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Master guitar maker Taku Sakashita was a quiet and private man, but electric guitars wailed in his honor Sunday as friends and fans gathered for a six-hour, sold-out memorial concert in Rohnert Park.

"Everybody's out here for Taku," guitarist and bandleader Eric Gales said from the stage of the Spreckels Center for the Performing Arts, speaking to the capacity crowd of 500.

Sakashita, 43, was attacked and fatally stabbed at his Rohnert Park workshop Feb. 11. Joshua Begley has been charged with homicide in the case and is awaiting trial.

The guitar maker's friends, fans and colleagues organized the show to benefit Sakashita's widow, Kazuko, with tickets priced from $55 to $100.

The concert lineup featured some the luthier's star clients, including blues guitar virtuoso Robben Ford, &‘70s-&‘80s rocker Boz Scaggs and jazz duo Tuck and Patti.

The tribute started with a poetry reading and light show and moved quickly to a long string of spirited guitar solos, ranging in style from blues and rock to soul and jazz. A silent auction offered not only guitars, but bicycles, wine and a miniature Bruce Lee statue.

Later in the evening, master of ceremonies Frank Hayhurst, a Cotati musician and owner of Zone Music, asked the audience for a moment of remembrance, one of the few silent spots of the night.

Sakashita grew up in Japan, rocking out to such bands as KISS, and moved to the U.S. in 1991, working in New Jersey, Indianapolis and Los Angeles before settling in Rohnert Park.

"Taku really cut his teeth on rock &‘n' roll in Japan," said Bay Area guitarist Tuck Andress of Tuck and Patti.

The crowd included Sakashita's mother and 40 of his friends from Kobe, his former hometown in Japan. Sakashita's wife attended the event but declined interview requests.

"I apprenticed with Taku for two years," said Ross Shafer, one of the concert organizers, "and Kazuko always has been pretty shy. And this is an emotional time."

Another of the concert's organizers, Mac Skinner, works for a guitar amplifier company in the same business park where Sakashita kept his workshop.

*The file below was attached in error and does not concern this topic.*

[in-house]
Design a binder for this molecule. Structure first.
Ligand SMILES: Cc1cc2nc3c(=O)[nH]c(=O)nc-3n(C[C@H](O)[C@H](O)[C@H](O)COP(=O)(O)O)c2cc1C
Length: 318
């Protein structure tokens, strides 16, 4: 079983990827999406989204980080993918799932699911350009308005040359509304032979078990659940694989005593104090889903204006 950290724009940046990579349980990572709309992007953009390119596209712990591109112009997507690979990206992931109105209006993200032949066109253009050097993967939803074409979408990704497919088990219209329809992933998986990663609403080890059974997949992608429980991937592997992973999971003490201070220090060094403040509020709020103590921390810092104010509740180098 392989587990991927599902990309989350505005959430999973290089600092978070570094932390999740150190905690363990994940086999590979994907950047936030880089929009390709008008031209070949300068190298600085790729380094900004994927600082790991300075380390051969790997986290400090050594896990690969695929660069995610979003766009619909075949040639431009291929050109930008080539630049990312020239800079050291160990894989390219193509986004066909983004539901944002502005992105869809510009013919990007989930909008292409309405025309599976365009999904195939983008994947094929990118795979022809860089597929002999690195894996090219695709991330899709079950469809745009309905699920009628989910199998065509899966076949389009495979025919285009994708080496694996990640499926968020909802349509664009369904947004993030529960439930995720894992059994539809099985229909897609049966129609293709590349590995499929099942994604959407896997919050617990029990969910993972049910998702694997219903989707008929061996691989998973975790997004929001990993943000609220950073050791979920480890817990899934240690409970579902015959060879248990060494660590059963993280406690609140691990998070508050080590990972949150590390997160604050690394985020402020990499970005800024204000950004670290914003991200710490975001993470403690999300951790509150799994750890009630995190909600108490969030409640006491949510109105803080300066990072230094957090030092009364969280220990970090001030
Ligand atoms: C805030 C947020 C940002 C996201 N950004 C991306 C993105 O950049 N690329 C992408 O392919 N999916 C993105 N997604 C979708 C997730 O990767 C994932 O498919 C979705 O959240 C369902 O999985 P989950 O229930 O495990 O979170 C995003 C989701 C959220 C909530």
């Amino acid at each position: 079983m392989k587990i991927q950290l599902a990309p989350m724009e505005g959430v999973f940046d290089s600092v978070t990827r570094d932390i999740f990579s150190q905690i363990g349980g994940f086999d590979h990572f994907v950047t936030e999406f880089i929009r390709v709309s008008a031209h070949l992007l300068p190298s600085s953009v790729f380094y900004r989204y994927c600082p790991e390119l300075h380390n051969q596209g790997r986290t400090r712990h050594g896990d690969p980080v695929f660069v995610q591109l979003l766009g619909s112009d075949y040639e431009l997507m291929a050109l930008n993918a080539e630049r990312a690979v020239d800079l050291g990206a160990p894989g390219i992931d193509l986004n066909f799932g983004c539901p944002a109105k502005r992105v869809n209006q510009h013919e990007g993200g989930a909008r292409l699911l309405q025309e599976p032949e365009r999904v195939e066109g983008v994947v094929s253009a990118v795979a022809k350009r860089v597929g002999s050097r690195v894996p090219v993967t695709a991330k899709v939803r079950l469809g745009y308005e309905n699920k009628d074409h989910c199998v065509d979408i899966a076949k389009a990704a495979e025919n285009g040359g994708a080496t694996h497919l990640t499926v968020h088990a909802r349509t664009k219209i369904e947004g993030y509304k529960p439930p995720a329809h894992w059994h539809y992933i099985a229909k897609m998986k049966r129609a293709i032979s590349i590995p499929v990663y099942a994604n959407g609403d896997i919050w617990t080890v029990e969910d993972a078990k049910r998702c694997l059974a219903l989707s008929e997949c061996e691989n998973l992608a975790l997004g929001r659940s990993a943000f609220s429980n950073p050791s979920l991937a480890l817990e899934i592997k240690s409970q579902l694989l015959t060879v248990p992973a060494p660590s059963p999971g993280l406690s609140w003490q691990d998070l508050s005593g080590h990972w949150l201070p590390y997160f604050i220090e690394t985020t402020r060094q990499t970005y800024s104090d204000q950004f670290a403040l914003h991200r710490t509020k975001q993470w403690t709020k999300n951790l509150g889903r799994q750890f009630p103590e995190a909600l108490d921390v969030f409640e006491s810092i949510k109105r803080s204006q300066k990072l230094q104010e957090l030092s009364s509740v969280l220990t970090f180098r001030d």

"Taku was a hard worker," Skinner recalled. "He worked constantly, day and night."

Sakashita, whose custom guitars sold for up to $35,000, combined talent and imagination with a meticulous work ethic, said fellow guitar-maker Toru Nittono of Los Angeles.

"The most amazing thing was his ability to design the shape and construction and sound," Nittono said. "He was one of the rare luthiers who combined all of those elements."

Musicians appreciated Sakashita's eagerness to create exactly the instrument each artist needed, Andress explained.

"He was musician himself. He was a good guitarist. You'll see very different musicians playing his guitars, and he would work with each one," Andress said.

"Taku worked in the custom shop of a major guitar company in Japan for many years," he added, "and he was the guy that interacted with the Japanese rock stars. He said he learned to read musicians' minds."

Andress' wife, singer Patti Cathcart, remembered Sakashita as "funny and delightful and deeply spiritual. He believed in music as a transformational tool."

Most of the musicians who volunteered to play the memorial knew Sakashita and his wife as a couple, and consider the guitar maker's widow a friend, Andress said.